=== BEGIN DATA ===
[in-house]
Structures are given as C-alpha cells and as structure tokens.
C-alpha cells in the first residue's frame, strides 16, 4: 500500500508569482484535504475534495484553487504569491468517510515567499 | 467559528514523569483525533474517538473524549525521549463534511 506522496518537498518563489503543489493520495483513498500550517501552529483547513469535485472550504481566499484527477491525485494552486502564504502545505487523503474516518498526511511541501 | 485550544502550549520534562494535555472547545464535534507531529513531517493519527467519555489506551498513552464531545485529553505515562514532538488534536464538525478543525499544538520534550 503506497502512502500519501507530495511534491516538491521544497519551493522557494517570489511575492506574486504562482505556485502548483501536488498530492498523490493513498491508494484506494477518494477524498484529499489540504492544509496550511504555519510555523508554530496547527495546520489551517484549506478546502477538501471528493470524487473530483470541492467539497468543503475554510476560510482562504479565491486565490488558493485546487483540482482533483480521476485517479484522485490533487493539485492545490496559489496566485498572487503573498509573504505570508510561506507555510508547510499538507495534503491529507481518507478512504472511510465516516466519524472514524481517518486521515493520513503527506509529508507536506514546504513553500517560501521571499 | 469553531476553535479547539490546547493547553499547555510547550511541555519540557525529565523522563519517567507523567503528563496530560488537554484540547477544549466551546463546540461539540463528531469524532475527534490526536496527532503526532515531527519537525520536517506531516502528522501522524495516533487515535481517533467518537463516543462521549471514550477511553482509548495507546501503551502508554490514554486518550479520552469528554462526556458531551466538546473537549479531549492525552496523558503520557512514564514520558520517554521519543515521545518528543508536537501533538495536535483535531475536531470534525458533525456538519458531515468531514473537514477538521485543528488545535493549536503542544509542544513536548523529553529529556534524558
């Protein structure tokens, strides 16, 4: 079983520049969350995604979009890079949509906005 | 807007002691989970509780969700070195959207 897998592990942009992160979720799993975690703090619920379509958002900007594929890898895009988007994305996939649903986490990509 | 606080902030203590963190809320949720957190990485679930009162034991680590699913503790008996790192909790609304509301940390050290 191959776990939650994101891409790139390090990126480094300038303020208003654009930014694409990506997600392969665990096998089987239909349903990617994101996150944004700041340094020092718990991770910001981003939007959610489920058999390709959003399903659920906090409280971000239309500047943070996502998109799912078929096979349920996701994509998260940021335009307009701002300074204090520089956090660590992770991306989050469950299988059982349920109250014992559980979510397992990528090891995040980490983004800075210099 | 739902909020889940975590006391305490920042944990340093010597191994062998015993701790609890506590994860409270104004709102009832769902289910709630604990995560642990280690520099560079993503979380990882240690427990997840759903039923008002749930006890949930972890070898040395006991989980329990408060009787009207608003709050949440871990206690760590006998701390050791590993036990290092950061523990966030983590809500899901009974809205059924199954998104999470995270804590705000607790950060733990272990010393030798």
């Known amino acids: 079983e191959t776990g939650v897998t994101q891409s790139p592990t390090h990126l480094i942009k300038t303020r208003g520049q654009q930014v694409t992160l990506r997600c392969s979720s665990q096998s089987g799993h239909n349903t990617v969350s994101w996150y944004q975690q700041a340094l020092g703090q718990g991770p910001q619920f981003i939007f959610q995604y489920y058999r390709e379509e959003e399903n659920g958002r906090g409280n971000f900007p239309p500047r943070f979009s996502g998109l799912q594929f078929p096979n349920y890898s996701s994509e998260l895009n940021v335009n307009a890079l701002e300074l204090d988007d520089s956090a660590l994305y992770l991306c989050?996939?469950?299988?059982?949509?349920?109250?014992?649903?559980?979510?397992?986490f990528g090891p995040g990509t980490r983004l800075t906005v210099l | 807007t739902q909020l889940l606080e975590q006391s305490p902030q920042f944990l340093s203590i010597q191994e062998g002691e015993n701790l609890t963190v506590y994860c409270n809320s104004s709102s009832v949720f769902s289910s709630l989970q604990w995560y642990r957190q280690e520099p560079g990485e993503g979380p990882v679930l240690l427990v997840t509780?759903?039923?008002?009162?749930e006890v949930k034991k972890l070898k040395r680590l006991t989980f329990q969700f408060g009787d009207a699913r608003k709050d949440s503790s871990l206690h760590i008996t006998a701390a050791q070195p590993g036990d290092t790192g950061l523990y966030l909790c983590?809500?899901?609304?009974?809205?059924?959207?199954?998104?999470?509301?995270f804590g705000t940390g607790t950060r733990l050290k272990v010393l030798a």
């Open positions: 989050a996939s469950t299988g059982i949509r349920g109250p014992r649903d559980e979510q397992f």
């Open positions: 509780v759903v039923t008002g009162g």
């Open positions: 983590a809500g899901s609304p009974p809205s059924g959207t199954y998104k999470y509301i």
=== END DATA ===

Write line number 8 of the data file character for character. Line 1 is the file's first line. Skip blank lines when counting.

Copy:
């Open positions: 983590a809500g899901s609304p009974p809205s059924g959207t199954y998104k999470y509301i």